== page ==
The greatest Independence Day party ever

And by Independence Day, I mean the Lithuanian one, of course.

obviously

The ultimate expression of Lithuania’s year-long 100th anniversary celebration happened the first week of July in Vilnius, and hardcore LT fan that I am, I was there to see it in person, along with my parents and brother — with a few side trips thrown in, including a selkie-searching mission in Galway, Ireland.  So, if you’re in the mood for some vicarious bookish and historical traveling, follow me to a land of leprechaun houses, 20th-century wizards, bridge-guarding mermaids, and majestic music festivals!

If you want to go directly to the LT100 portion of this post, skip to page 2.

Searching for selkies in Inis Mór

The first stop on the great EuroTrip 2018 was Galway — partly because it’s the setting of one of David Thomson’s seal story hunts in The People of the Sea (reviewed here), and partly because it’s going to be the setting of one of my own writing projects.  Thomson stopped on the island of Inis Meain (Inishmann), the middle of the three Aran Islands, where he heard the stories of the ominous Black Ledge where no seals gather; of the legendary Coneely family turned to seals; and of the fisherman who saves himself from drowning with the help of an axe, a hook, and a knife.

This being our first trip to Galway, we decided to try out the bigger of the three islands, Inis Mór (Inishmore), because it has some of the most famous historical sites, and the tour description suggested good views of a resident seal colony.

And on that note, we were absolutely in luck!  After driving past the labyrinth of stone fences, the ruins of the Seven Churches (the cemetery is apparently still active), and even a leprechaun house (an Aran Islands tradition meant to bring luck to a household), our mini tour bus stopped at a look-out point where we could watch the local seal colony!  There was a small herd sunning themselves at low tide, chillaxing in the common “banana pose.”

seals4

Channeling David Thomson, I asked the bus driver if he knew any good local seal stories, and I was in luck once again, because he’d just heard one on the radio the other day:

A man from Connemara went out one day, set on shooting a seal that had been stealing fish from his nets.  But when he finally came face to face with the animal, the man saw something in its eyes that changed his mind.  He left the seal alone and went home.  Several years passed with no more incident, until one day, the man was out fishing with his friends, and a sudden storm rose up.  The other boats and their inhabitants were quickly lost, but the man had the good fortune to see a seal ahead of him, which led him back to shore.  It was the same seal he’d spared several years ago, returning the favor.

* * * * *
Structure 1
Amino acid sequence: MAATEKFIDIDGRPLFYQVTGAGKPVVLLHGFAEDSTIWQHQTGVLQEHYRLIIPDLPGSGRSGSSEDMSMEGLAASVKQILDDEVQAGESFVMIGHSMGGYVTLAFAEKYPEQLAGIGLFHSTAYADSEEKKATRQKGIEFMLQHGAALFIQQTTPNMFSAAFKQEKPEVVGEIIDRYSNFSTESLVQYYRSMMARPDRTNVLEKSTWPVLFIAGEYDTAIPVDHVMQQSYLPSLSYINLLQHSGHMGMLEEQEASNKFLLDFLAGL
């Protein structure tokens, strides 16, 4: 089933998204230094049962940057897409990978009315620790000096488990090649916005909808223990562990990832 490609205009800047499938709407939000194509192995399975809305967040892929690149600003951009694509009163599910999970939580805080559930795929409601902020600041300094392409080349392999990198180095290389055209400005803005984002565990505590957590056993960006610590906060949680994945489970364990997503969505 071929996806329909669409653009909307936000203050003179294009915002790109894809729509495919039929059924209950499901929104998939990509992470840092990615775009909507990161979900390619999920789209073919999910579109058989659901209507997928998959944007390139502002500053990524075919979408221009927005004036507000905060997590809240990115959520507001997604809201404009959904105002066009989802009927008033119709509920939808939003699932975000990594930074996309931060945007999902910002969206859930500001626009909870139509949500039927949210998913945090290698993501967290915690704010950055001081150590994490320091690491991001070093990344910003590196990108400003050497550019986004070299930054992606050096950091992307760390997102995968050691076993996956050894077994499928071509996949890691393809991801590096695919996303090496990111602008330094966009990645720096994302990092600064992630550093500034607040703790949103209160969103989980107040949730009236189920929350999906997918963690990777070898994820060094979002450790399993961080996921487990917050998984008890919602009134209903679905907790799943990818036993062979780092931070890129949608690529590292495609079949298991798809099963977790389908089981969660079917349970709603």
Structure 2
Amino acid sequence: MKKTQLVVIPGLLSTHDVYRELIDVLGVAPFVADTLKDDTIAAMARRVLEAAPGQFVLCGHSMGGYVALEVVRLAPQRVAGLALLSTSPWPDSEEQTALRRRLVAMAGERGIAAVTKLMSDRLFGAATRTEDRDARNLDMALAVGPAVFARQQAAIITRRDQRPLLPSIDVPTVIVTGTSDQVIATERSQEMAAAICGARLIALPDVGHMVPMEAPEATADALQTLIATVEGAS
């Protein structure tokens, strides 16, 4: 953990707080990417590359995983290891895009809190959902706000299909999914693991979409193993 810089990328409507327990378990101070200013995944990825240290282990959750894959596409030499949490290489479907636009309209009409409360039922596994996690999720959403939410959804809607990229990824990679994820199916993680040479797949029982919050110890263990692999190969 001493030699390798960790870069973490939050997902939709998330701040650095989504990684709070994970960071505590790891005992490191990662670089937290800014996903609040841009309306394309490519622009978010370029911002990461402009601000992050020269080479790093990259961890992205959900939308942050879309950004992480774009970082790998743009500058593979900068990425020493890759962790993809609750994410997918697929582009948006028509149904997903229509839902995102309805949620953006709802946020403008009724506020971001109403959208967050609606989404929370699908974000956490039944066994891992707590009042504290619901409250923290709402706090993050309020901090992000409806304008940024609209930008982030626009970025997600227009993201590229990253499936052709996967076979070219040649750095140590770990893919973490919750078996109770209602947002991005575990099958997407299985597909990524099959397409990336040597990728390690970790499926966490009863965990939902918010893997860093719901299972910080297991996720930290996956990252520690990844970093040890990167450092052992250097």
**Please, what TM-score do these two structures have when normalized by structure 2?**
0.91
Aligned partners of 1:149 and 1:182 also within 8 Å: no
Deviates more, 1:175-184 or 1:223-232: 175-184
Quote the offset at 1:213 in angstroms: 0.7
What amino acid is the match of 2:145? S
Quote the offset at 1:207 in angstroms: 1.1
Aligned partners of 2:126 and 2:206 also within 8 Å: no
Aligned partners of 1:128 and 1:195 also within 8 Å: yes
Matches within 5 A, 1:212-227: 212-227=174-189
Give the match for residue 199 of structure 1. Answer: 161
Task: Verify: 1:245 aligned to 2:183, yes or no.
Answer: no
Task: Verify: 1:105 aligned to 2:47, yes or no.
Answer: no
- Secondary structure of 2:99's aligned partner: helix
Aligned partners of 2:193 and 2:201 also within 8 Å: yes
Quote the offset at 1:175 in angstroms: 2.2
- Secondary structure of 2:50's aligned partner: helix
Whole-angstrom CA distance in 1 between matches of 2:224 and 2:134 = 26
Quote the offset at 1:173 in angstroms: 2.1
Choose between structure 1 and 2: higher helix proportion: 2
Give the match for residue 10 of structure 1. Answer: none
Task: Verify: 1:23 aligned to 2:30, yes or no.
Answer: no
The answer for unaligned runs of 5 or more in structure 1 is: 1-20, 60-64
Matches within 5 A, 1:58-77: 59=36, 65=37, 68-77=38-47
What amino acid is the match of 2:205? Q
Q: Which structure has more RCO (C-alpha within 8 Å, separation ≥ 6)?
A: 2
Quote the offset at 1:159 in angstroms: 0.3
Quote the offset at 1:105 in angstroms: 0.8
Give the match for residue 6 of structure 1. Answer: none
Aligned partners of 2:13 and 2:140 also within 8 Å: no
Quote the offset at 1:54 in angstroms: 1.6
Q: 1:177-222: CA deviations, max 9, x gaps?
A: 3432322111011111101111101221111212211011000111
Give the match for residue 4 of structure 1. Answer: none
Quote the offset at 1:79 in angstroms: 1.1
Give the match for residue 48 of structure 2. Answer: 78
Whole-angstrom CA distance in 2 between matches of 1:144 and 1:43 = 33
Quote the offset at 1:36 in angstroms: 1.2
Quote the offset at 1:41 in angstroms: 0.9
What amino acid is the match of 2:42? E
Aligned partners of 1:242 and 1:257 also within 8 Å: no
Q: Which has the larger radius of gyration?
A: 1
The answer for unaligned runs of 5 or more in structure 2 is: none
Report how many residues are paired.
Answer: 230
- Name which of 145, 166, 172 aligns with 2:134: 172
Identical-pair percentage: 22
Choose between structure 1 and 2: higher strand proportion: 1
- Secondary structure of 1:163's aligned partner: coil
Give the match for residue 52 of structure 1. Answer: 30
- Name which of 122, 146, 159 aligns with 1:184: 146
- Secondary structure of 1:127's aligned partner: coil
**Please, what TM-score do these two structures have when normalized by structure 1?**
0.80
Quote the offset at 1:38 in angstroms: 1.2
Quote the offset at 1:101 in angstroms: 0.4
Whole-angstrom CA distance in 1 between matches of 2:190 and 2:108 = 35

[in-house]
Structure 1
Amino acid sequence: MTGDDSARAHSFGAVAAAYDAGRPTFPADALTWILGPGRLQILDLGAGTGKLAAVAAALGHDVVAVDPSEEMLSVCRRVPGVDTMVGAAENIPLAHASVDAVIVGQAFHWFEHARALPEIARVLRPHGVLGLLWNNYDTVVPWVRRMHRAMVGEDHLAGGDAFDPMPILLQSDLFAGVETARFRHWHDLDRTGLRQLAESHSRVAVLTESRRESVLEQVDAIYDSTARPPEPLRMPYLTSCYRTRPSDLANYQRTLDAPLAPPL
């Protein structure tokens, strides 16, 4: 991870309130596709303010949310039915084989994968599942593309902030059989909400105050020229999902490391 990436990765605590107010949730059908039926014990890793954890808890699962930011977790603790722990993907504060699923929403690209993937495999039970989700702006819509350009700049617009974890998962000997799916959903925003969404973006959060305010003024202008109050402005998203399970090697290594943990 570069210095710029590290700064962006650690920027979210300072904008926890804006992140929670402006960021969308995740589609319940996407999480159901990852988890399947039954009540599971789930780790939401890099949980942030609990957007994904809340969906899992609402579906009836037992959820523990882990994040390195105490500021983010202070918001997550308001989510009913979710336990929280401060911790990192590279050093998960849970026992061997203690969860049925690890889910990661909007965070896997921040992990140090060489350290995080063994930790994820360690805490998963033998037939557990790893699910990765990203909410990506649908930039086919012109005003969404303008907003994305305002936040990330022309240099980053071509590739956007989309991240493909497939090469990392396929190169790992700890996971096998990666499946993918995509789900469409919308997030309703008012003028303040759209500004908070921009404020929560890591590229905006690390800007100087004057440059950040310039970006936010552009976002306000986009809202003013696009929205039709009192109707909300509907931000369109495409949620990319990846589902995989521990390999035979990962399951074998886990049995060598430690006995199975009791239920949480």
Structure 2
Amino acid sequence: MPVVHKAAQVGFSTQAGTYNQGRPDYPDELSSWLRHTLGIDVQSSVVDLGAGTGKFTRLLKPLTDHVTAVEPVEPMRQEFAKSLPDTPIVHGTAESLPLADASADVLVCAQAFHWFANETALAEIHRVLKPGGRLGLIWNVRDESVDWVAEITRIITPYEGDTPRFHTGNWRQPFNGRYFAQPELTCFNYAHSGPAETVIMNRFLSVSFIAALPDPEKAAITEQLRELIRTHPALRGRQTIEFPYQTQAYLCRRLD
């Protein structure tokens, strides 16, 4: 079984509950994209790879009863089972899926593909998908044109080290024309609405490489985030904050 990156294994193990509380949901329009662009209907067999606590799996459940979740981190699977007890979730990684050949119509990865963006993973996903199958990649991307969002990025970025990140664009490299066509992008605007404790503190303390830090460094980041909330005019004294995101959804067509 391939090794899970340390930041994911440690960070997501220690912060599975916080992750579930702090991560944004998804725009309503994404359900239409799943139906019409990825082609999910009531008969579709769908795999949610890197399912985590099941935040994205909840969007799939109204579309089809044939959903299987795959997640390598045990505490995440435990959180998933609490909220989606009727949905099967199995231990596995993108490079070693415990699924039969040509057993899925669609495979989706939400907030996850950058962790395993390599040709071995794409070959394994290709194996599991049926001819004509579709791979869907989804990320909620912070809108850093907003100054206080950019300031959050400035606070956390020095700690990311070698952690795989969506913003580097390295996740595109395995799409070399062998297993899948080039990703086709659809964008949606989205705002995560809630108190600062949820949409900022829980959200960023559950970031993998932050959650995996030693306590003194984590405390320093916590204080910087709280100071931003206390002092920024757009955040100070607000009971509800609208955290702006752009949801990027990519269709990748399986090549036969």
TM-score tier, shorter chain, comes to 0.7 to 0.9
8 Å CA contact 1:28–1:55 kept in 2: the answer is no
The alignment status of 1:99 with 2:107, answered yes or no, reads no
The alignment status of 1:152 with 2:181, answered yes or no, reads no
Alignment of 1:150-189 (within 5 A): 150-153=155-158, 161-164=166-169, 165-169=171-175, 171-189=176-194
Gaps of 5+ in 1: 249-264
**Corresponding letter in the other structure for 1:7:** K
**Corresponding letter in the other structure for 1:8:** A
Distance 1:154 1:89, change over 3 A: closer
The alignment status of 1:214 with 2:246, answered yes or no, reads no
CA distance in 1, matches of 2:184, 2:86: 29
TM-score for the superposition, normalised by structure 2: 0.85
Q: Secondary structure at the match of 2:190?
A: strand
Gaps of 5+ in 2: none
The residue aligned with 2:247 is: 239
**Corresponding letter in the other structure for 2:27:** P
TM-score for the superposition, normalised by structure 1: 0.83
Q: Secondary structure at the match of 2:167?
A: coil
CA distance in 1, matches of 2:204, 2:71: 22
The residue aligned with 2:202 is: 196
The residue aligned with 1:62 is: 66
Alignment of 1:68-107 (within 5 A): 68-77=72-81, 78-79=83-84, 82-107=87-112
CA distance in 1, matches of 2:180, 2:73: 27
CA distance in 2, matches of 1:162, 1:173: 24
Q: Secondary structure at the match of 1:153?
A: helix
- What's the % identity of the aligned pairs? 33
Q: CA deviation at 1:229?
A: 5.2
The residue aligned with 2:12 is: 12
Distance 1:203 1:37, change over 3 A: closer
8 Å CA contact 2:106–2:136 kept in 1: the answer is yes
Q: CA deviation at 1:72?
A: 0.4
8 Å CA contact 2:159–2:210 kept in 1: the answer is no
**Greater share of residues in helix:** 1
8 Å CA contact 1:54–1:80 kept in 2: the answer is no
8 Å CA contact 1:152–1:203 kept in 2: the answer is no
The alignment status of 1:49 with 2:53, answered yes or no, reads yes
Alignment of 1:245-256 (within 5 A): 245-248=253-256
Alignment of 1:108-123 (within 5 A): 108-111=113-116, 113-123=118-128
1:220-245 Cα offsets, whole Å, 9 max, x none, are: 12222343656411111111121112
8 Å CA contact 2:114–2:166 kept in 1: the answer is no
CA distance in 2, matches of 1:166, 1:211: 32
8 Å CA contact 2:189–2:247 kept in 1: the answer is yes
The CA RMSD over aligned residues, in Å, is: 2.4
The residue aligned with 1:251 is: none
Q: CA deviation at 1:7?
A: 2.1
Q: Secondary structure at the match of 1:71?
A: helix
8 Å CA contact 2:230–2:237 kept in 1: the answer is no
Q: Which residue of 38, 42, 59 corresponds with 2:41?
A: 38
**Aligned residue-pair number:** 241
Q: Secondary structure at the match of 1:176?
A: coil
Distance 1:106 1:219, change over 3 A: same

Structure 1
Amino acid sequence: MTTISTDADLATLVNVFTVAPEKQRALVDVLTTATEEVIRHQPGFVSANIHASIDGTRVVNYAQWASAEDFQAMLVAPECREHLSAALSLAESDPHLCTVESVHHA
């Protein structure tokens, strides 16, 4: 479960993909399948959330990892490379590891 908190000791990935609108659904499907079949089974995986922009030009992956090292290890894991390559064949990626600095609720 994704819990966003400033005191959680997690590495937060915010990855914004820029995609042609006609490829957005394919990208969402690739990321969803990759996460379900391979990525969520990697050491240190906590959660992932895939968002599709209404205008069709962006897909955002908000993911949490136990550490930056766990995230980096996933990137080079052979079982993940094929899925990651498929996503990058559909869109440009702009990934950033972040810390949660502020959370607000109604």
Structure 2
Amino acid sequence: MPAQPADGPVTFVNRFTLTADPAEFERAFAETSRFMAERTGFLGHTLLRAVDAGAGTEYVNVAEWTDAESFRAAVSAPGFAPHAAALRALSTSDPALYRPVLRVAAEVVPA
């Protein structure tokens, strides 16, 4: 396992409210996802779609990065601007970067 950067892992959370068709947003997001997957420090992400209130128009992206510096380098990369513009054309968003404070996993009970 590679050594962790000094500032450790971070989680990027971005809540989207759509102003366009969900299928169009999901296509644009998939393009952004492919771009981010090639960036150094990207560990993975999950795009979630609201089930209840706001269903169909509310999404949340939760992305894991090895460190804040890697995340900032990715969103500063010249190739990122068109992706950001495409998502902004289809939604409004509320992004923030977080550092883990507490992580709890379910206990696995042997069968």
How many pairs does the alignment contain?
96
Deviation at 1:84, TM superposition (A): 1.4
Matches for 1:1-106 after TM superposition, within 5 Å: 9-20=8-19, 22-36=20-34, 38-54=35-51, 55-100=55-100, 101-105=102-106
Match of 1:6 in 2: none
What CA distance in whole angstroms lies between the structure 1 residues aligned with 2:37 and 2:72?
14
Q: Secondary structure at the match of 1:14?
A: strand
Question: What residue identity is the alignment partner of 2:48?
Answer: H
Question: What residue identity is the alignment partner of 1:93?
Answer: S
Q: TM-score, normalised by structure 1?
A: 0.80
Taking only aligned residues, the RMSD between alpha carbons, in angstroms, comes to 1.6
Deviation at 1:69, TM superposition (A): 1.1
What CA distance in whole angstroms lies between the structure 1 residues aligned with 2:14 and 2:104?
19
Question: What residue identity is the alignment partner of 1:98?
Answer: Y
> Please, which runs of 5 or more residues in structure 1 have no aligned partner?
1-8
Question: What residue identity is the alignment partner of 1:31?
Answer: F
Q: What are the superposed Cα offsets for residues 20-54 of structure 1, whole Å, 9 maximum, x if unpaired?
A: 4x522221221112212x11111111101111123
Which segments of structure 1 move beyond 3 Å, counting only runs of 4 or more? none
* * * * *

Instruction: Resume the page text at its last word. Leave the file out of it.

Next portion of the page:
Doesn’t that sound like just the kind of story Thomson would have heard on the islands?  The tour could have ended right then and I would’ve been thrilled.

But of course we couldn’t leave Inis Mór without seeing its most famous site, the three-thousand-year-old fort Dun Aonghasa, built at the edge of a 300-foot cliff overlooking the Atlantic Ocean.

Dun Aonghasa5

On the one hand, it’s nice that there are no fences ruining the view, but on the other hand, holy squid that’s a long fall to a watery grave…

Full of inspiration, I made my way back down to the Kilmurvey Craft Village for some honeycomb ice cream, and then boarded the bus for the trip back to Kilronan and the ferry back to Galway.

*  *  *  *  *

Wizards and suffragists in Kent

The next stop on our trip was Kent, England, where we spent a day with my cousin Paulius and his family.  To Potterheads, Kent is significant as one of the places we Muggles could see the celebrations, in the form of shooting stars, of Voldemort’s first defeat.

A few other literary connections in the Kent area:

Fans of Kate Beaton’s Step Aside, Pops may be interested in knowing that Kent was home to nineteenth-century novelist and suffragist Sarah Grand, who coined the term “New Woman” for those badass ladies who smashed the Victorian-era patriarchy.  The kind of woman satirized in cartoons featuring velocipeding maniacs bowling over poor, unsuspecting gentlemen.

Velocipeding

Cartoons which Beaton, in turn, satirized in Step Aside, Pops.
step aside pops

And, of course, being in England, it was absolutely my duty to stop into a Waterstones Bookstore for a copy of Harry Potter and the Philosopher’s Stone.  Speaking of which, Happy 20th anniversary to the American edition of Harry Potter!  My local library had an amazing Potterfest, complete with Quidditch games in the courtyard and magic shows in the meeting rooms, Honeydukes in the hall and wizard tournaments in the YA wing.  I also attended my very first Wizard Rock concert, featuring Tonks and the Aurors. #yesallwitches

Tonks and the Aurors

Have you attended any good Potter parties this year?  Tell me all about it in the comments!

Meanwhile, onward to the main event!

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